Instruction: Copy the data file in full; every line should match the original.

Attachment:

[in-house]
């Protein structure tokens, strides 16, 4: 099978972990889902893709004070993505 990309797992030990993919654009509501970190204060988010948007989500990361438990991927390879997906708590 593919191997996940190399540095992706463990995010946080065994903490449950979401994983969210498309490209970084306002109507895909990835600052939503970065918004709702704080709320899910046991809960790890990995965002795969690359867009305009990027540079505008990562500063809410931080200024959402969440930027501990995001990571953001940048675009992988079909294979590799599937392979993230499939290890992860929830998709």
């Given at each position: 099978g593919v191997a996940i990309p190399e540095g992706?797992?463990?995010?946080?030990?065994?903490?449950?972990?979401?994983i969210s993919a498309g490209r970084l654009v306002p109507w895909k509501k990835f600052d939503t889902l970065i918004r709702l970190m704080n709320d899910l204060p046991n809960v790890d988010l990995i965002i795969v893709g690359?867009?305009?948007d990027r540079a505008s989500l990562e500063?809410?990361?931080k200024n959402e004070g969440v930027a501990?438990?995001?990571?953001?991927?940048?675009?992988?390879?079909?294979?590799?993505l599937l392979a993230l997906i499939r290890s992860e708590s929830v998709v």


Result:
[in-house]
């Protein structure tokens, strides 16, 4: 099978972990889902893709004070993505 990309797992030990993919654009509501970190204060988010948007989500990361438990991927390879997906708590 593919191997996940190399540095992706463990995010946080065994903490449950979401994983969210498309490209970084306002109507895909990835600052939503970065918004709702704080709320899910046991809960790890990995965002795969690359867009305009990027540079505008990562500063809410931080200024959402969440930027501990995001990571953001940048675009992988079909294979590799599937392979993230499939290890992860929830998709």
């Given at each position: 099978g593919v191997a996940i990309p190399e540095g992706?797992?463990?995010?946080?030990?065994?903490?449950?972990?979401?994983i969210s993919a498309g490209r970084l654009v306002p109507w895909k509501k990835f600052d939503t889902l970065i918004r709702l970190m704080n709320d899910l204060p046991n809960v790890d988010l990995i965002i795969v893709g690359?867009?305009?948007d990027r540079a505008s989500l990562e500063?809410?990361?931080k200024n959402e004070g969440v930027a501990?438990?995001?990571?953001?991927?940048?675009?992988?390879?079909?294979?590799?993505l599937l392979a993230l997906i499939r290890s992860e708590s929830v998709v």